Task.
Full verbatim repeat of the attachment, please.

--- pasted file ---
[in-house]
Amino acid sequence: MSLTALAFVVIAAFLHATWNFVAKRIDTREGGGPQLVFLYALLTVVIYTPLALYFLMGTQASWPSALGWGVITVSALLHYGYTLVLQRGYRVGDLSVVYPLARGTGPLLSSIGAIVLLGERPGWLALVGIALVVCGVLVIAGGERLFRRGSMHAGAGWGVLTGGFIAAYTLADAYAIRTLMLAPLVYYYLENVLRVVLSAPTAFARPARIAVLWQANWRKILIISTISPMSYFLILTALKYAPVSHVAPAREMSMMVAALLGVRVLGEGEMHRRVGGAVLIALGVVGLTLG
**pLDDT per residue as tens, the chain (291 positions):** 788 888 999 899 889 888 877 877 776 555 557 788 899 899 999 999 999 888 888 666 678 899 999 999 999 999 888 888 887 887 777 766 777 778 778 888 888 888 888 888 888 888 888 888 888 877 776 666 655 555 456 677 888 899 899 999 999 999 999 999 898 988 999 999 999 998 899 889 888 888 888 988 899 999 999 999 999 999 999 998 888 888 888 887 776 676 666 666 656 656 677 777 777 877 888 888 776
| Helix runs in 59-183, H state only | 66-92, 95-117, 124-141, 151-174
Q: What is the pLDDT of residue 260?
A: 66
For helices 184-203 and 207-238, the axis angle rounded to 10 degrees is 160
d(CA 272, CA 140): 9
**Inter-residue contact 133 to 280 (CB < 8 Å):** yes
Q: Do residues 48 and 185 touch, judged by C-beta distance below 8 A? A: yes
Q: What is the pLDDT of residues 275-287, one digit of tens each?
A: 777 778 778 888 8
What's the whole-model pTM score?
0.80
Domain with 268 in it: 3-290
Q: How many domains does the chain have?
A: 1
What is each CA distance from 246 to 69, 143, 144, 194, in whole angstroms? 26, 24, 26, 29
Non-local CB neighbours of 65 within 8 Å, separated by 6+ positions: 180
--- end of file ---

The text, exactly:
[in-house]
Amino acid sequence: MSLTALAFVVIAAFLHATWNFVAKRIDTREGGGPQLVFLYALLTVVIYTPLALYFLMGTQASWPSALGWGVITVSALLHYGYTLVLQRGYRVGDLSVVYPLARGTGPLLSSIGAIVLLGERPGWLALVGIALVVCGVLVIAGGERLFRRGSMHAGAGWGVLTGGFIAAYTLADAYAIRTLMLAPLVYYYLENVLRVVLSAPTAFARPARIAVLWQANWRKILIISTISPMSYFLILTALKYAPVSHVAPAREMSMMVAALLGVRVLGEGEMHRRVGGAVLIALGVVGLTLG
**pLDDT per residue as tens, the chain (291 positions):** 788 888 999 899 889 888 877 877 776 555 557 788 899 899 999 999 999 888 888 666 678 899 999 999 999 999 888 888 887 887 777 766 777 778 778 888 888 888 888 888 888 888 888 888 888 877 776 666 655 555 456 677 888 899 899 999 999 999 999 999 898 988 999 999 999 998 899 889 888 888 888 988 899 999 999 999 999 999 999 998 888 888 888 887 776 676 666 666 656 656 677 777 777 877 888 888 776
| Helix runs in 59-183, H state only | 66-92, 95-117, 124-141, 151-174
Q: What is the pLDDT of residue 260?
A: 66
For helices 184-203 and 207-238, the axis angle rounded to 10 degrees is 160
d(CA 272, CA 140): 9
**Inter-residue contact 133 to 280 (CB < 8 Å):** yes
Q: Do residues 48 and 185 touch, judged by C-beta distance below 8 A? A: yes
Q: What is the pLDDT of residues 275-287, one digit of tens each?
A: 777 778 778 888 8
What's the whole-model pTM score?
0.80
Domain with 268 in it: 3-290
Q: How many domains does the chain have?
A: 1
What is each CA distance from 246 to 69, 143, 144, 194, in whole angstroms? 26, 24, 26, 29
Non-local CB neighbours of 65 within 8 Å, separated by 6+ positions: 180